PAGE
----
By now, you probably already have an idea of how vast the differences are between these two mindsets. But the contrast becomes even clearer when you recognize that their influence and limitations apply to so many aspects of your life.

Here's why stagnation starts with "I can't" and growth starts with "I can."

Developed IQ vs. Innate IQ

  • Growth Mindset: Sees IQ or intelligence like a muscle; it gets stronger the more effort you put into developing it. It's not the case that growth-minded individuals somehow don't face intellectual struggles, but they recognize that these could be overcome with practice.
    • "I can develop my cognitive function by learning more about the topic."
  • Fixed Mindset: Sees IQ or intelligence as a natural ability—either you're born with a lot or a little. Fixed-minded individuals believe that a person's cognitive potential is predetermined and will not significantly evolve despite deliberate practice.
    • "I can't overcome this challenge because I'm not naturally gifted. There's no point in trying."

Motivation vs. Resistance

  • Growth Mindset: What doesn't kill you makes you stronger. A growth mindset allows you to see challenges as learning opportunities. This positive attitude when facing difficulties will keep you motivated because of the prospect of personal growth, overall making you a more positive person.
    • "I can approach this challenge with eagerness because I'll learn something new even if I don't succeed initially."
  • Fixed Mindset: Better safe than sorry. A fixed mindset causes people to stay inside their comfort zone and resist changes. These individuals also tend to stick to familiar tasks where they know they already excel, thus guaranteeing favorable results.
    • "I can't step out of my comfort zone because I'm not sure if I'll perform well outside of it."

Effort vs. Inertia

  • Growth Mindset: Michael Jordan once said, "I've failed over and over again in my life. And that is why I succeed." Recognizing the value of effort and dedication is an integral part of a growth mindset. It's the belief that success is driven by hard work and not fate or circumstances that characterizes an "I can" attitude.
    • "I can put in the effort to overcome this obstacle, and with perseverance, I will succeed."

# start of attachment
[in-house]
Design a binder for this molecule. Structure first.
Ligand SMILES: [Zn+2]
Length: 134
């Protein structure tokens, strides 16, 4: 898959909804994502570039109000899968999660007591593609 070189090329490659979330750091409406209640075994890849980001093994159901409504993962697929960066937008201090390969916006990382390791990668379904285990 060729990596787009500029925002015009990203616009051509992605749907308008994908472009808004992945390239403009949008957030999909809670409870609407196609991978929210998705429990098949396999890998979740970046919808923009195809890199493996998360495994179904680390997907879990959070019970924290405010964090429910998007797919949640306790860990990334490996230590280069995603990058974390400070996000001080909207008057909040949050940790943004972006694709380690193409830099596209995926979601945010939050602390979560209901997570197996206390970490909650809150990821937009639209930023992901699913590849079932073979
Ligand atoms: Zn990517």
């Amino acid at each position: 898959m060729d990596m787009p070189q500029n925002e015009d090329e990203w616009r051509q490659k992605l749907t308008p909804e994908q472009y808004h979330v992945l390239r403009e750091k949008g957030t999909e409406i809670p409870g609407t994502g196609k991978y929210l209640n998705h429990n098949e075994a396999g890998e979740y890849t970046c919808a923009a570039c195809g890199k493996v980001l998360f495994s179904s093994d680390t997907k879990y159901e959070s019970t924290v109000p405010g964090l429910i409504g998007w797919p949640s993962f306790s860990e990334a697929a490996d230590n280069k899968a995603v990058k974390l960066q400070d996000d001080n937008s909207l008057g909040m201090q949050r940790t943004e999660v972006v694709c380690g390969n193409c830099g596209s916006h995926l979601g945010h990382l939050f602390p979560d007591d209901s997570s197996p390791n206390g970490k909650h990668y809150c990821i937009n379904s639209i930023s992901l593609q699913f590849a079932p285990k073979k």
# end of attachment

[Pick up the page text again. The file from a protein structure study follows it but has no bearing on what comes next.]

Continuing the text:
• Fixed Mindset: Since a fixed mindset makes people assume that their abilities are predetermined, it may also cause them to view effort as something futile. What makes this worse is that some fixed-minded people tend to attribute their success to luck instead of hard work. Focusing on yourself and respecting your achievements is how you silence self-doubt and boost confidence.
    • "I can't continue facing this challenge because my limited abilities will eventually lead me to failure."

Acceptance vs. Guilt

  • Growth Mindset: Recognizes that failure is part of success, not its opposite. It's the personal development that you want to achieve ultimately. So, even if the outcome is not the best, accepting failure as a tradeoff for growth is untroubling. The first step, always, is learning how to forgive yourself for your mistakes.
    • "I can accept failure and not let it define me, using the experience to refine my pathway to success."
  • Fixed Mindset: Views setbacks as reasons to feel guilt or shame. Regardless of the circumstances, fixed-minded individuals see mistakes as testaments to their inherent limitations. Aside from low self-esteem, the negative self-perception may also prevent them from taking risks in the future.
    • "I can't move forward and face new challenges because this one mistake proves I'm not good enough."

Inspiration vs. Comparisons

  • Growth Mindset: If others can do it, so can you. Growth-minded individuals see others' success as a source of inspiration and motivation. By adopting this mindset, you will see how resilience, perseverance, and effort work for others, which means they should also work for you.
    • "I can become successful because others have already faced challenging times and emerged victorious on the other side."
  • Fixed Mindset: There's not enough success to go around. A fixed mindset may lead people to feel threatened by others' success. Some of them may even think that the achievements of their colleagues or competitors are a reflection of their inadequacies. This is sometimes evident in someone's tendency to downplay others' (or their own) accomplishments.
    • "I can't be successful because the limited pool of recognition means there's no room left for me."

Feedback vs. Personal Attack